Exemplary leaders establish unambiguous standards, set high expectations, give attention to people, and thoughtfully recognize accomplisthment. Explicit standards serve to guide constituents and focus efforts in norms of reciprocity where feedback helps form consensus on goals. Leaders set high expectations of themselves and their constituents which in turn brings forth higher performance and positive images. Being positive, leaders also pay attention to people, they listen, and are sensitive to human needs. When giving recognition, excellent leaders use efforts to make the recognition personal and thoughtful. Good leaders practice memorable, creative, and unique celebrations and recognition. (Kouzes & Posner, 2002)
Another essential ingredient in the encouragement theme is celebration. Kouzes and Posner (2002) set out some ideas for celebrating wins and shared values. One idea is creating community spirit through ceremony and individual recognition. Public recgontiion also increase self-worth and group cohesiveness. Another element is storytelling. Teaching, learning, and communicating with employees in an open manner and through a story furthrer solidifies motivation and memorable shared experience. In addition, leaders model the example by acting out the values and bring encouragement from the heart.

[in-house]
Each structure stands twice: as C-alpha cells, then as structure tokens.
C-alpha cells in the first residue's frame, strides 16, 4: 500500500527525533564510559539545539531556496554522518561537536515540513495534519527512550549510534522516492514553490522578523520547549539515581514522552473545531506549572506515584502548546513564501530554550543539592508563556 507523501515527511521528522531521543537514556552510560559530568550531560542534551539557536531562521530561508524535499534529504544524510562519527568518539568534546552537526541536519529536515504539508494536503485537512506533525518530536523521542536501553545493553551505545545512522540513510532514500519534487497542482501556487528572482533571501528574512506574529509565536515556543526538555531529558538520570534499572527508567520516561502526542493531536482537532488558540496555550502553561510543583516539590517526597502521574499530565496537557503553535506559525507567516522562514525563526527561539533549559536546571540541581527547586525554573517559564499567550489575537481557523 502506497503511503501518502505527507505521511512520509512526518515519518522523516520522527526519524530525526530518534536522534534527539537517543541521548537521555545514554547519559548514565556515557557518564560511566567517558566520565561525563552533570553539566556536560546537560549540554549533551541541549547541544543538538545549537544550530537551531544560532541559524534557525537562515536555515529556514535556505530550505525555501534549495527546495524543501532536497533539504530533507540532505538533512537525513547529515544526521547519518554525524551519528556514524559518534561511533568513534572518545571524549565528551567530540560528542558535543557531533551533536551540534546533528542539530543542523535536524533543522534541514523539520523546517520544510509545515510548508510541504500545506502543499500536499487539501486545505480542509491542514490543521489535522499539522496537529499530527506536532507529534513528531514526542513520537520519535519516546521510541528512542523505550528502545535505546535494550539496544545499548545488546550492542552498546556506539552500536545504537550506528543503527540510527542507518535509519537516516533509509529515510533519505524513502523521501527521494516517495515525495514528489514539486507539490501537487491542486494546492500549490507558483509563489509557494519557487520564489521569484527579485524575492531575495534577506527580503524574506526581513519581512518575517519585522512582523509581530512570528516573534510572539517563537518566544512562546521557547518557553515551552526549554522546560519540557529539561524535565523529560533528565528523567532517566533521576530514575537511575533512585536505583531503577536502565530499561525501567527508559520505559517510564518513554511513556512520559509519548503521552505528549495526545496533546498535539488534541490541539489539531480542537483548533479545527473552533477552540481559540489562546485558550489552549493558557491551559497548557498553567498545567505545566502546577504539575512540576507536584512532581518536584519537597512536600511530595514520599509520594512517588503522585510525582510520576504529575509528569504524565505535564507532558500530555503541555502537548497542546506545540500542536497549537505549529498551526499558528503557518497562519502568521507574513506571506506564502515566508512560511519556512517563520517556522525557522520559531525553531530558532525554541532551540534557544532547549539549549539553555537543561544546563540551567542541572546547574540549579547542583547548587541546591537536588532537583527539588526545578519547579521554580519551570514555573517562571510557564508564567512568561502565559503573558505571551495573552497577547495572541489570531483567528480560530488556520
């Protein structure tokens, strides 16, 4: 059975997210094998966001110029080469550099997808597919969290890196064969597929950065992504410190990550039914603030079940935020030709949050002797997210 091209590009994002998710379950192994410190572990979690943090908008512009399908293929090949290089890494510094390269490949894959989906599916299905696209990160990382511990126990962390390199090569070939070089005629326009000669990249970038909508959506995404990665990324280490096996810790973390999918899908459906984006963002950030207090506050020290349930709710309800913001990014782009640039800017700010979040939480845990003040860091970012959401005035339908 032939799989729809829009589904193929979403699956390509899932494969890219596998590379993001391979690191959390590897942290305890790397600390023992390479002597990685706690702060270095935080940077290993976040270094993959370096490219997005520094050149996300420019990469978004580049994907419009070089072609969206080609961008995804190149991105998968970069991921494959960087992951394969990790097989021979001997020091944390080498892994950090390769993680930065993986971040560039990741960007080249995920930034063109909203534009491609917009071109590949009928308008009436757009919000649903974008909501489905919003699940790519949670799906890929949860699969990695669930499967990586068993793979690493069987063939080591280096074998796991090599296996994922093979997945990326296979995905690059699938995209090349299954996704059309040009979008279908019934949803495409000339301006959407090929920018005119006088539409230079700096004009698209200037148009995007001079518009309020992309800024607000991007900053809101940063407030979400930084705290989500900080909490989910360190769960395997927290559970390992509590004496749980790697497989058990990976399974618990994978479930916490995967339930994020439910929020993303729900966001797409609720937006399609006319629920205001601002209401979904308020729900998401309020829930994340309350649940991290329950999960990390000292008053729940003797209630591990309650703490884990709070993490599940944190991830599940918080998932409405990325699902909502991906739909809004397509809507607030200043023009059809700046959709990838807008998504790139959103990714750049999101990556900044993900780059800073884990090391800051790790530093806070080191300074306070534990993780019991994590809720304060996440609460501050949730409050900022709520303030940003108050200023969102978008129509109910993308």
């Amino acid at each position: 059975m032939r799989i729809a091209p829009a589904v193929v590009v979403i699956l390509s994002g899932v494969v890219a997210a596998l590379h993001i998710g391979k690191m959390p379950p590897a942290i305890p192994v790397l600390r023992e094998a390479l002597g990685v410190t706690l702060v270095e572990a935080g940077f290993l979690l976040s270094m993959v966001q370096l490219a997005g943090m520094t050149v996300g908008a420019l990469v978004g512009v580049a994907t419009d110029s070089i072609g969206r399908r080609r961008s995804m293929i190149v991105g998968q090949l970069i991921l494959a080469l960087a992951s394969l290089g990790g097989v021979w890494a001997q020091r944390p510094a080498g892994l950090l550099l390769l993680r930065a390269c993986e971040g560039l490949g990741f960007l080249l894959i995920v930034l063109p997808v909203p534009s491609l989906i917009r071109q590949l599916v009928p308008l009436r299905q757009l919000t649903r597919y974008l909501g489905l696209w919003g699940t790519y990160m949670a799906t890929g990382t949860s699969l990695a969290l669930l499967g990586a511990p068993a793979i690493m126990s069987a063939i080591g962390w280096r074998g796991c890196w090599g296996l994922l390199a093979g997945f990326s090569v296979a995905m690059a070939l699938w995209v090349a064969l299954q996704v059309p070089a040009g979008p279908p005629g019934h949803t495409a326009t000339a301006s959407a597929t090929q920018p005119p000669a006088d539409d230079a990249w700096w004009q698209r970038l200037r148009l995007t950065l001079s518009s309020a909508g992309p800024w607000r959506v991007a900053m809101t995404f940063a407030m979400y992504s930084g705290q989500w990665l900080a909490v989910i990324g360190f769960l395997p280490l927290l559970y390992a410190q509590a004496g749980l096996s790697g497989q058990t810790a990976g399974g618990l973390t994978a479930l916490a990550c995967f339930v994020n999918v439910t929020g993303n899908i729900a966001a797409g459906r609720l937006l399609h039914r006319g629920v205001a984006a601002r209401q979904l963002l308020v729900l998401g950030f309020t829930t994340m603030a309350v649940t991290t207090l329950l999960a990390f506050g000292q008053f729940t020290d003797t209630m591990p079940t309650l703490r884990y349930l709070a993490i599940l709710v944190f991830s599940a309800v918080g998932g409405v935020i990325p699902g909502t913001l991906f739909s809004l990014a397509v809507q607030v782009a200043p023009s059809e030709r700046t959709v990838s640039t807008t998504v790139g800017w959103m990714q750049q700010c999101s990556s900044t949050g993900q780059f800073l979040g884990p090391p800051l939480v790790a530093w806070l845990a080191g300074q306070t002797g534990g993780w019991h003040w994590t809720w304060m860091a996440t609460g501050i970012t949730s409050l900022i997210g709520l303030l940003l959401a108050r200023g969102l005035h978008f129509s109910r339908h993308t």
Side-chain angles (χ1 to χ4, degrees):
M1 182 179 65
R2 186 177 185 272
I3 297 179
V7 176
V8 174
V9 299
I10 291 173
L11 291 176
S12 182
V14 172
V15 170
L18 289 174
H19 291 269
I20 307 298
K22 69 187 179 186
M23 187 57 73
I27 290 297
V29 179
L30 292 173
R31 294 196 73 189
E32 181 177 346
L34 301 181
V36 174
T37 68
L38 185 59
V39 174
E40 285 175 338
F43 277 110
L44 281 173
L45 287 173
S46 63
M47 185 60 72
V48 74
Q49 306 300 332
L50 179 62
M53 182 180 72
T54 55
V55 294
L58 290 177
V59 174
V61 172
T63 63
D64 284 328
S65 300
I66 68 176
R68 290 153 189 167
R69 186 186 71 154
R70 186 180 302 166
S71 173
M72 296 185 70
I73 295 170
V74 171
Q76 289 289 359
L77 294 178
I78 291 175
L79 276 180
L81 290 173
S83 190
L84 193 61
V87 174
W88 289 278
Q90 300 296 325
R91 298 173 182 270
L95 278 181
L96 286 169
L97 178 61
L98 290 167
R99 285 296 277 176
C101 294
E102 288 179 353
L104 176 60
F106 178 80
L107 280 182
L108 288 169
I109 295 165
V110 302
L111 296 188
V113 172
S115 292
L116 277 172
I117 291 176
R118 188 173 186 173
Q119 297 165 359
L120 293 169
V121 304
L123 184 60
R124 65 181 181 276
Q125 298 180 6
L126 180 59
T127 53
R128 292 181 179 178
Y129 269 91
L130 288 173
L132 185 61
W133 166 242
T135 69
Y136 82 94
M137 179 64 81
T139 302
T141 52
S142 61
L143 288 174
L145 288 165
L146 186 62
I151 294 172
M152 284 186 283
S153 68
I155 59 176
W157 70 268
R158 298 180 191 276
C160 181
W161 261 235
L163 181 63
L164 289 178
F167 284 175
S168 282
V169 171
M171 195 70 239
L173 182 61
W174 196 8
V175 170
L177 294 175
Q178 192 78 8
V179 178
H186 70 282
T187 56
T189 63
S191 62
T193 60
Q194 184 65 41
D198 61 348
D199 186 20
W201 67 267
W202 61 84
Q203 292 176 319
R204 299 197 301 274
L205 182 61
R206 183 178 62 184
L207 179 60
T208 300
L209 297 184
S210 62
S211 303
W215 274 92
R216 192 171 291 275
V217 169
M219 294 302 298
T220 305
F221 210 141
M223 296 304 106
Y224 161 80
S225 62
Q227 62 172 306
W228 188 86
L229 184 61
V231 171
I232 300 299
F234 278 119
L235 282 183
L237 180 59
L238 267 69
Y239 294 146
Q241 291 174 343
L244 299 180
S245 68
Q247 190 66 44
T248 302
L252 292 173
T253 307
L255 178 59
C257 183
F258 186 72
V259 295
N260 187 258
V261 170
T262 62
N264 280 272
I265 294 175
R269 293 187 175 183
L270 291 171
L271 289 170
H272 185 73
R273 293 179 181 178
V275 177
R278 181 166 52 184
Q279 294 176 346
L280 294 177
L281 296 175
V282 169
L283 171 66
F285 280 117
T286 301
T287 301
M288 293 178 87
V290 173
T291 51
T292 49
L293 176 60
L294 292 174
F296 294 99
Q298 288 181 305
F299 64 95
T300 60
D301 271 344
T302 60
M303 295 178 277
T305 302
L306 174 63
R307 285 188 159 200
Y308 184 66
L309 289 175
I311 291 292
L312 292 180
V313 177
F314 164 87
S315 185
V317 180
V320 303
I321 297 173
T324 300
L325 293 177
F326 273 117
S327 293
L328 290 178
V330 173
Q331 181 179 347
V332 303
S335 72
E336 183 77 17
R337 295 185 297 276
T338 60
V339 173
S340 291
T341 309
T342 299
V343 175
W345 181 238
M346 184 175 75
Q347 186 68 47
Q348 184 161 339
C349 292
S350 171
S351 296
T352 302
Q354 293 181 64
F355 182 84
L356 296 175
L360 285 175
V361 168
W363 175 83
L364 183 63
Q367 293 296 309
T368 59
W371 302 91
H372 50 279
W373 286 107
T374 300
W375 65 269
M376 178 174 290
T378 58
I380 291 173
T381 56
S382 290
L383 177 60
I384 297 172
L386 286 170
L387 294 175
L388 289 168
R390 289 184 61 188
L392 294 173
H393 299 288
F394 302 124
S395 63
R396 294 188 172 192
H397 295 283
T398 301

The most significant encouragement from Herb Kelleher came from his zany, unique ways of being a cheerleader. Whether dressing up like Elvis or staging a dramatic madcap arm wrestling contest, Herb recognizes and celebrates in distinctive fashion. Not only does he set the example in these wacky displays, he insists that fun accompany the celebratory event.
Some may question Kelleher’s antics, yet his recognition and encouragement flow directly from his vision centering on people and fun. Financial chiefs question the outlay for parties, celebrations, banquets, greeting cards, outings, and presents in the budget. Herb frankly replies, “Southwest Airlines has the fewest customer complaints in the industry. How much is that worth” (Ellis, 2001, p. 13)